Redistricting feud goes to legislative panel Much-debated issue may take several days to settle.

September 24, 1991|By Thomas W. Waldron and William Thompson | Thomas W. Waldron and William Thompson,Evening Sun Staff

Maryland's congressional lawmakers, whose political careers could be on the line, today urged a legislative committee in Annapolis to consider their record of service to voters when adopting new district maps.

One after another, five of the state's eight congressional members asked a joint House-Senate committee to draw district lines that are fair and reasonable and, above all, give them a good shot at re-election.

"The Maryland delegation works as a unit for all of Maryland," said Rep. Steny H. Hoyer, D-5th, the delegation's highest ranking member.

Tomorrow, the General Assembly is to convene in a special session to try to adopt a final plan.

While lawmakers had originally hoped the issue could be decided in a day, new disagreements between the leaders of the state Senate and House of Delegates threaten to extend the session for days.

The No. 1 disagreement appears to be the fate of Rep. Tom McMillen, D-4th, who now represents Anne Arundel County and part of neighboring Prince George's.

Senate President Thomas V. Mike Miller Jr. wants to play loyal Democratic politics and protect McMillen by leaving him in a Democratic-dominated district with no incumbent to challenge him.

McMillen, who stands to lose the most under the redistricting panel plan, today calmly but not surprisingly told committee members he prefers the plan advocated by Miller.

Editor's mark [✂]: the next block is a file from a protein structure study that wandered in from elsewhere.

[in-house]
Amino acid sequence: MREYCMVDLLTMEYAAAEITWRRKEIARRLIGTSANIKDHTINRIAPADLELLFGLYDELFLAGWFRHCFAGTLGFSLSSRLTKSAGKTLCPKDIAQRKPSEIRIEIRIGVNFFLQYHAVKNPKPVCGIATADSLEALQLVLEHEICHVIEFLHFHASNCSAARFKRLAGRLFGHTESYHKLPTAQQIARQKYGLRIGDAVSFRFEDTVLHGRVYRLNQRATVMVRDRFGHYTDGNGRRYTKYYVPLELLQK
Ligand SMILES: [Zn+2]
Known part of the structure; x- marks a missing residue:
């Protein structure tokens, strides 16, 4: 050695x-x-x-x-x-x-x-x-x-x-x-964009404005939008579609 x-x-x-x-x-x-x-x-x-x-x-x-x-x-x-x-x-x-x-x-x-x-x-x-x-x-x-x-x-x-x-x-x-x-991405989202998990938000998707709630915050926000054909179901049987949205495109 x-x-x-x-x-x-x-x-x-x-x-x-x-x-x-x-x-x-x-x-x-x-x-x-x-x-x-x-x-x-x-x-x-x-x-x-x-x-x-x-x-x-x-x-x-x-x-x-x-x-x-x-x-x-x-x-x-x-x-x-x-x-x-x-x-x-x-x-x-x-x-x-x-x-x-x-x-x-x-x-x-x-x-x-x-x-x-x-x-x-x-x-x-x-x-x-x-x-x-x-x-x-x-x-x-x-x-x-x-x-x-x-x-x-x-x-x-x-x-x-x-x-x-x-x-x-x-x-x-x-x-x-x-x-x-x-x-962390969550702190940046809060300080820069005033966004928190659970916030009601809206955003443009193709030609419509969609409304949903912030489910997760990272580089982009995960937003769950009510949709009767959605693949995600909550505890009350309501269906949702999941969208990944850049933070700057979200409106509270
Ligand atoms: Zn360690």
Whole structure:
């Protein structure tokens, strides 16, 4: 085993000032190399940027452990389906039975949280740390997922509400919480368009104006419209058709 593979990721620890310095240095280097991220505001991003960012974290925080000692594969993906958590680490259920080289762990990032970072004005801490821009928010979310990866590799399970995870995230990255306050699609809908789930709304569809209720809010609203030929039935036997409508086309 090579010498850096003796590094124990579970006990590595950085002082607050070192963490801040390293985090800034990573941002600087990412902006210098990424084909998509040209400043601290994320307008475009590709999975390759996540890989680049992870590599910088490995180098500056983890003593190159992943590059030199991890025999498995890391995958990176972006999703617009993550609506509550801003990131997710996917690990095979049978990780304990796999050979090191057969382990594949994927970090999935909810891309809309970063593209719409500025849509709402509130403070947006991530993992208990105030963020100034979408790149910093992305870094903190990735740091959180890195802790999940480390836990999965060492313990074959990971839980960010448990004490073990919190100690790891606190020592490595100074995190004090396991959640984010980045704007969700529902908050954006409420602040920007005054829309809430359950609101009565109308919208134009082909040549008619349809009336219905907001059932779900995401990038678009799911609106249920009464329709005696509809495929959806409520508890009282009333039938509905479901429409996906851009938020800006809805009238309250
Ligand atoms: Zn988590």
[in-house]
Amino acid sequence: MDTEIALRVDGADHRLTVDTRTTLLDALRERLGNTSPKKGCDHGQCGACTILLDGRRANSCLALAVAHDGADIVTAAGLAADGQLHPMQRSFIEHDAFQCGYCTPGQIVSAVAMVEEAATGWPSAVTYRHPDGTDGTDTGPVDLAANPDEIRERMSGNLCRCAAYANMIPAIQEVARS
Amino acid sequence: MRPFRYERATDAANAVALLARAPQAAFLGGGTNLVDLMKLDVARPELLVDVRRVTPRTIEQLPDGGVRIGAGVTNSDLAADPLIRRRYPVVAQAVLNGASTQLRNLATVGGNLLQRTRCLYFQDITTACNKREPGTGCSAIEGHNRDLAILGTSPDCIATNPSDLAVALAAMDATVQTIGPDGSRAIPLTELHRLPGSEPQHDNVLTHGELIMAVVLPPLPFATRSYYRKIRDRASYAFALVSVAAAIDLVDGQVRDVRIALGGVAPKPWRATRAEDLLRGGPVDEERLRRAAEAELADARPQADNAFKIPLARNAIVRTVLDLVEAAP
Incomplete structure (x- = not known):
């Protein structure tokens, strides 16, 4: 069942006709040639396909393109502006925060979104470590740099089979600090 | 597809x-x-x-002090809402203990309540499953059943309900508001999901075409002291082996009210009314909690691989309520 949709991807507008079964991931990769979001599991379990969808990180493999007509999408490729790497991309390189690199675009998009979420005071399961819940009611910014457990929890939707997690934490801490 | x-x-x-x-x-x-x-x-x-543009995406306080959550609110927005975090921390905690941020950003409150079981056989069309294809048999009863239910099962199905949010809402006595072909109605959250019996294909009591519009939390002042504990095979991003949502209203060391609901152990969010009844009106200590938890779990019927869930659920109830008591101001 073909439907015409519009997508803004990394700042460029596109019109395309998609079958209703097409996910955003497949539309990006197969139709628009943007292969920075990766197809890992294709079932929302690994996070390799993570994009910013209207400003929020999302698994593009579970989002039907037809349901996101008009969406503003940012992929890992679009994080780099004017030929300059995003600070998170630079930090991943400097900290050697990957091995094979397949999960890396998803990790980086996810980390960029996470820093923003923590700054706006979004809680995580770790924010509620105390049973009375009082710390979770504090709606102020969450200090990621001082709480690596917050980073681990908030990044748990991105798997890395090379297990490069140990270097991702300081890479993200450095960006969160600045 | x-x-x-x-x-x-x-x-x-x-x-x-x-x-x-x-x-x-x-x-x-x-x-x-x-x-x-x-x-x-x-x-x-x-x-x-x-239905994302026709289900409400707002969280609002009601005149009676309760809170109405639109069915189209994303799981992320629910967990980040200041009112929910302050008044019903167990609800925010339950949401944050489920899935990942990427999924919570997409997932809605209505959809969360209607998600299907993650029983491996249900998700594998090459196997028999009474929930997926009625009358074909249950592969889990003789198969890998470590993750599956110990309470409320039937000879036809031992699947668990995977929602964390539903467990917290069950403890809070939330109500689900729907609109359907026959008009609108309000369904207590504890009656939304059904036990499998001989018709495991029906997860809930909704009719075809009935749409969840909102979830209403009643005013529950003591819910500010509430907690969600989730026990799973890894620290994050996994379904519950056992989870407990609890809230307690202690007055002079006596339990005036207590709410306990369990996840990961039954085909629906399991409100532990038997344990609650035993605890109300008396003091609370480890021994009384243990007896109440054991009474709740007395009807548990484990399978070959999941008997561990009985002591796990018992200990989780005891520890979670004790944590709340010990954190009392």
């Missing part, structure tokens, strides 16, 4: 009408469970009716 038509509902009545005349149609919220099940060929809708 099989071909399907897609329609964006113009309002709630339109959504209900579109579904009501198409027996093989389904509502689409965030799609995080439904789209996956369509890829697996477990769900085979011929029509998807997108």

Across the State House lobby, House Speaker R. Clayton Mitchell Jr., D-Eastern Shore, voted last week for a plan that would lump McMillen into a district that includes Rep. Helen Delich Bentley, R-2nd. Gov. William Donald Schaefer, a Democrat but loyal supporter of Bentley, likes the proposal as well.

Miller, D-Prince George's, supports an option that puts Bentley in a district that would extend from her home in Lutherville over to the Eastern Shore. That would likely force her to run against a fellow Republican, first-term Rep. Wayne T. Gilchrest, R-1st.

"I don't think Tom McMillen is a mediocre congressman," Miller said yesterday. "He stands tall literally and figuratively," he added, referring to the former basketball star's 6-foot, 11-inch frame.

Gilchrest, Miller argued, "has absolutely no seniority," and should be vulnerable during redistricting in a Democratic-controlled state.

Miller and Mitchell, who sat together on a special redistricting panel appointed by Schaefer, appeared to be together on the issue until last week. With Miller in Ireland on a working tour, Mitchell joined two other members of the panel to adopt a revised plan that throws McMillen in with Bentley.

Miller, who said he was surprised and outraged by the panel's action, arrived at the State House yesterday ready to do battle for McMillen.

"I think I'm right," Miller said. "It's clear cut. I know where I'm headed."

Mitchell yesterday promised that the disagreement between the two top legislative leaders would be resolved.

Another problem facing lawmakers is what will happen to Baltimore County under new congressional maps. State Sen. Thomas L. Bromwell, D-Baltimore County, told feloow committee members today he is worried that area residents will not have adequate representation in Congress if the county is parceled into four or five congressional districts, as some plans propose.

But Hoyer tried to assure state lawmakers that the entire congressional delegation usually works as a "unit' for the benefit of the entire state.

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